Proposed Somerset Unit Drilling Plan Puts Water, Wildlife, & Recreation at Risk

May 1, 2014 –

Documents Obtained Through FOIA Requests & Appeals Reveal Extent of Proposed Industrialization of Prized Pilot Knob Roadless Area 

 A few miles northeast of the town of Paonia lies the untouched Pilot Knob Roadless Area. The landscape is dynamic, with rolling oakbrush hills, towering aspen stands, and impressive views of the rugged Raggeds Mountain range.

 Recently obtained documents reveal the massive extent of proposed new gas development for this area, which has been targeted for 50 new gas wells. Many of these documents were obtained through numerous Freedom of Information Act requests by Citizens for a Healthy Community and our conservation partners at High Country Conservation Advocates, the Western Environmental Law Center, and Wilderness Workshop.

 The area is important for North Fork communities’ clean water that is used for agriculture downstream. Furthermore, the area provides a valuable backcountry hunting experience on public lands before elk move onto private lands at lower elevations in winter.  It is also key habitat for mule deer, black bear, mountain lions, and is calving and winter range for elk.

An old dirt road adjacent to the

roadless area that would be used
for the proposed development
is barely large enough to
accommodate a pickup, let alone
an 18-wheeler needed to haul water
and equipment to the well pads.

Recently obtained documents show that this area is proposed to undergo large-scale natural gas development. Petrox Resources, Inc. has proposed a 6,400 acre Master Development Plan that includes 25 new well pads and up to 50 new gas wells, miles of new roads and pipelines that would crisscross the National Forest, as well as other related infrastructure. The end result would be the industrialization of this pristine landscape.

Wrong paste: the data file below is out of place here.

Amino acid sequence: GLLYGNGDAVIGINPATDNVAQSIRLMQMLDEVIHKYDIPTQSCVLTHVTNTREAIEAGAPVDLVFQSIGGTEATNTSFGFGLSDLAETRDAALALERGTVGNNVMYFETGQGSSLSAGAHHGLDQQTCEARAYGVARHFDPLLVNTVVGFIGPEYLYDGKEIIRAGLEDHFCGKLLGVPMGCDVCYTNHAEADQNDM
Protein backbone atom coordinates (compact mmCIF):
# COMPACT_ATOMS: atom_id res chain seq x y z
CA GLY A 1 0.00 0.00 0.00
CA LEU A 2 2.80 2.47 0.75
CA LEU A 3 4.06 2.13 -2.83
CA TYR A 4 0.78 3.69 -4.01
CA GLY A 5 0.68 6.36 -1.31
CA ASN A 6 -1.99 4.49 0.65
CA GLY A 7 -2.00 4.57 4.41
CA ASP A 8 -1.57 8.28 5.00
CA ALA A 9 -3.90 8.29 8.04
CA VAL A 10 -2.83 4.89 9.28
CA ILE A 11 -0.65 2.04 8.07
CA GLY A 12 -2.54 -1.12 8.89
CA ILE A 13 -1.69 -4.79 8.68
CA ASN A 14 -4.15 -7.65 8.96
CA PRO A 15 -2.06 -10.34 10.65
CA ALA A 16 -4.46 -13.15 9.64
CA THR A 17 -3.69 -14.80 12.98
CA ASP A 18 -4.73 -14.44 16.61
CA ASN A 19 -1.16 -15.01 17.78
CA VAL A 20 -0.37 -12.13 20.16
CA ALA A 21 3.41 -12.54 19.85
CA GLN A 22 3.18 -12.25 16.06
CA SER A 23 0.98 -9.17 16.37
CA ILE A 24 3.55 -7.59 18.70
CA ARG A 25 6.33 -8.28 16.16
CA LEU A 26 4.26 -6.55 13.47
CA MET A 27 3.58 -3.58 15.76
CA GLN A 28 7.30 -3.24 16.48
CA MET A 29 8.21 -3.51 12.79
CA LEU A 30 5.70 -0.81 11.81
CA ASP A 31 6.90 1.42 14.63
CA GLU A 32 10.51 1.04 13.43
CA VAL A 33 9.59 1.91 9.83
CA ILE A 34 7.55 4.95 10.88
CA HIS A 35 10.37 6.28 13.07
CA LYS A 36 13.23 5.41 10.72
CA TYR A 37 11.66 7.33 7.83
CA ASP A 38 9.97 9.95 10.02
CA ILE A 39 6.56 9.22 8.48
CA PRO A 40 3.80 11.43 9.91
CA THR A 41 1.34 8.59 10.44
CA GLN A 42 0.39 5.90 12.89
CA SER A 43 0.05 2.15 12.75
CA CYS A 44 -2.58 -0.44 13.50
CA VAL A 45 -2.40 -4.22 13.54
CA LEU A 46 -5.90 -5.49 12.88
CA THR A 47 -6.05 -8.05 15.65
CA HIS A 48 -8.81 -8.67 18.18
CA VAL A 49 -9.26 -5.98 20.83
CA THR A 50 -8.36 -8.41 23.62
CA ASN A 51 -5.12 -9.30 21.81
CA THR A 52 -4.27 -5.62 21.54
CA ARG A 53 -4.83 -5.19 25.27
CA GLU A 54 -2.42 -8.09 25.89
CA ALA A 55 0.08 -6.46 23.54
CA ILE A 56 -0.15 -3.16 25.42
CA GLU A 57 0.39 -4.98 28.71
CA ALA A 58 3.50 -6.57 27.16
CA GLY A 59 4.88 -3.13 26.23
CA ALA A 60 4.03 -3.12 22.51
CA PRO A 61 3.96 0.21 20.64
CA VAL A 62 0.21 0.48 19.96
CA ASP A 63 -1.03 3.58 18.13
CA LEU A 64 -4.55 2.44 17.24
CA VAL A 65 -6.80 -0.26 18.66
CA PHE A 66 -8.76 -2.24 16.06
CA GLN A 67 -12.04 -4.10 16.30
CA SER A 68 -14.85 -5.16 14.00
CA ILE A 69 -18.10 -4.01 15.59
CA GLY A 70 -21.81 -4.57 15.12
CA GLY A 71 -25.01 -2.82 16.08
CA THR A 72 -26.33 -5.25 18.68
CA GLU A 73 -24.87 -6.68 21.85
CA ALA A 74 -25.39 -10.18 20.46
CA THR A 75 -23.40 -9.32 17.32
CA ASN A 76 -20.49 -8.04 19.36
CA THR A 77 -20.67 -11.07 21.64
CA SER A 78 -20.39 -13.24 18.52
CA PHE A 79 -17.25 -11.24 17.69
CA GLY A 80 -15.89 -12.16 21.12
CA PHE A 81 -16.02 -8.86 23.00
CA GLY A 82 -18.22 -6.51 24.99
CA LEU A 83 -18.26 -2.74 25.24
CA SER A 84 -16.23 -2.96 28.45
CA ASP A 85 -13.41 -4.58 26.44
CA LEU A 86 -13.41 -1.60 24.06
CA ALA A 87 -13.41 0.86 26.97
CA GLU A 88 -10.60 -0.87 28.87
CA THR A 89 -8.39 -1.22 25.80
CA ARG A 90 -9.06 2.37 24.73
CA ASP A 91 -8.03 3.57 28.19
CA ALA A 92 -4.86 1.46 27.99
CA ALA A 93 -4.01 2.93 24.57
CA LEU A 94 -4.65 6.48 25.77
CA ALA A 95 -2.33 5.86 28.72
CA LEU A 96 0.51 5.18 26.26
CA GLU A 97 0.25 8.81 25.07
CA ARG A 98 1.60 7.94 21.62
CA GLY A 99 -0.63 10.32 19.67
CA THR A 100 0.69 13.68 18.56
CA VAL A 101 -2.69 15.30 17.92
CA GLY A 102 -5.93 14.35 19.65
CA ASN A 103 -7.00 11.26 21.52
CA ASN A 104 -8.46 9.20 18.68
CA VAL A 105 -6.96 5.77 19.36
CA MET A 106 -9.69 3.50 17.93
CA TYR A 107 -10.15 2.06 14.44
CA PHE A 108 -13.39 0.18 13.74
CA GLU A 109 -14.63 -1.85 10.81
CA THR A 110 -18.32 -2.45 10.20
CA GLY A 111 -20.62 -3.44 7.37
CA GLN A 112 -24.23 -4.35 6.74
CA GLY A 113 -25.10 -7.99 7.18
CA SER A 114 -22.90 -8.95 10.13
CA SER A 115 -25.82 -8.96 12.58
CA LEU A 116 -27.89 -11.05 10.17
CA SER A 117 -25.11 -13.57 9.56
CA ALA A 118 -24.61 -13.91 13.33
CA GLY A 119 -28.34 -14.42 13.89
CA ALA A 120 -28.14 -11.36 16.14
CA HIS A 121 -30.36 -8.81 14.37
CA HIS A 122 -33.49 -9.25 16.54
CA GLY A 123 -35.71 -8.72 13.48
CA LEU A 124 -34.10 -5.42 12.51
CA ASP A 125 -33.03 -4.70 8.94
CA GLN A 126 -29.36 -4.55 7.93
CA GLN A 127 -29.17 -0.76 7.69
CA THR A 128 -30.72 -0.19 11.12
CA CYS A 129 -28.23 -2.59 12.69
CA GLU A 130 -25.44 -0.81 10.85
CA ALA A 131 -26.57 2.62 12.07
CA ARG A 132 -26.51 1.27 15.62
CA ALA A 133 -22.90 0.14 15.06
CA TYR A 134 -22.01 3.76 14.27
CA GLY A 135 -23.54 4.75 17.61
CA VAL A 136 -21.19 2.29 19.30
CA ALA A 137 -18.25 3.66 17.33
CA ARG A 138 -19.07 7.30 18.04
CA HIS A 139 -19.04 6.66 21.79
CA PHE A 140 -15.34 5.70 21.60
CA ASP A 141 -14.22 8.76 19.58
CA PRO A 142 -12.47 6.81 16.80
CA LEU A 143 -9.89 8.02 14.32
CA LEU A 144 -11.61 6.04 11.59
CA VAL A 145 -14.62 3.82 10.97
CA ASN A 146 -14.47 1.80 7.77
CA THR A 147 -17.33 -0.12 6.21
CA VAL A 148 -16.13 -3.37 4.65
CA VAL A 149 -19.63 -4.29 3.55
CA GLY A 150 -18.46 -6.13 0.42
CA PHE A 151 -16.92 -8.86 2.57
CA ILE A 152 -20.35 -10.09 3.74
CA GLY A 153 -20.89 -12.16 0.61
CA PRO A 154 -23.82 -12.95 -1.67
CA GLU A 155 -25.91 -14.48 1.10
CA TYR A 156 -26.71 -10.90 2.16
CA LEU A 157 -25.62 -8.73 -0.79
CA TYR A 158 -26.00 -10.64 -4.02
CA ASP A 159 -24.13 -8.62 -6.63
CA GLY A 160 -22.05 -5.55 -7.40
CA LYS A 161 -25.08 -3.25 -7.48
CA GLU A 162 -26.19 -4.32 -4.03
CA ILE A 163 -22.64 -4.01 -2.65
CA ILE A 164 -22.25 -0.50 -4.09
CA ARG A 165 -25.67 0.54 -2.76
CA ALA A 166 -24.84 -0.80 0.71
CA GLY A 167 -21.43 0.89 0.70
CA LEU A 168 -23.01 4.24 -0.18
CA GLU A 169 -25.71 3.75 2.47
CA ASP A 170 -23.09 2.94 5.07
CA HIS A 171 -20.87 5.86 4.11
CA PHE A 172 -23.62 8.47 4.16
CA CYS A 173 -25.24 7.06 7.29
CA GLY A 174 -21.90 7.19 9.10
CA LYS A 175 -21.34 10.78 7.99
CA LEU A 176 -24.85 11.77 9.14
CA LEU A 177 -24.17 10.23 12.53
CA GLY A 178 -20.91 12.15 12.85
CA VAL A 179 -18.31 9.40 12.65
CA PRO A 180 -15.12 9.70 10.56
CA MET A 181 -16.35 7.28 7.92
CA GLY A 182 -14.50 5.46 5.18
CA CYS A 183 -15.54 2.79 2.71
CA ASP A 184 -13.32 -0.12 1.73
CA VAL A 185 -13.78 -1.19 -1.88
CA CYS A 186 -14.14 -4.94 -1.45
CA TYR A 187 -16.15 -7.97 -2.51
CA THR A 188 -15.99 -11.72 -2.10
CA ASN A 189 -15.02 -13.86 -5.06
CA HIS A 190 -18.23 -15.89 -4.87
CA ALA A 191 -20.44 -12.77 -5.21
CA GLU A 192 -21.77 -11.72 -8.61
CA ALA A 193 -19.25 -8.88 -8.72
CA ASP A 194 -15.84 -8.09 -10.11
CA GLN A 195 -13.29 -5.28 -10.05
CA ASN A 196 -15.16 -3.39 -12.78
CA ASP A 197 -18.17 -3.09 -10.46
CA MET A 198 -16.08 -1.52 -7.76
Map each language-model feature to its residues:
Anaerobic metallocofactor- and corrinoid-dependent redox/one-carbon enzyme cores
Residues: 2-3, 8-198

report conducted for Sportsman for Responsible Energy Development concludes that counties in the West with higher percentage of public lands managed for conservation and recreation report higher levels of job and population growth than those with higher percentage of lands managed for commodity production. In fact, Delta and Gunnison counties received combined economic benefits of approximately $80.9 million in 2007 from hunting and fishing activities that support an estimated 912 jobs, according to a 2008 report.

But wait – if this is a roadless area, how can the Forest Service even entertain a proposal that would destroy that very quality? Sometimes roadless areas rest above leased minerals and are still open to oil and gas, mining, and timber development. Here, the Pilot Knob Roadless Area sits above minerals that were leased for development in 2001. Unless there’s increased protection for roadless areas, they can still be subject to road-building and oil and gas development.


Previously, in fall 2013, the Forest Service decided that this project could proceed under normal environmental review, despite the fact that this project is located in a supposedly protected roadless area. The Forest Service, which is the lead federal agency on this project, could initiate a public scoping comment period as soon as this summer. This public comment period could address other roadless area drilling projects in the area, including five new gas wells on the eastern edge of the Pilot Knob, and five new wells in the Huntsman area of the Thompson Divide. Both projects were proposed by the Houston-based company S.G. Interests. CHC will keep you informed about this proposed project and opportunities to take action.

Documents Related to the 50 Gas Well Petrox Somerset Unit Master Development Plan

Google Map of the Proposed Somerset Unit Master Development Plan

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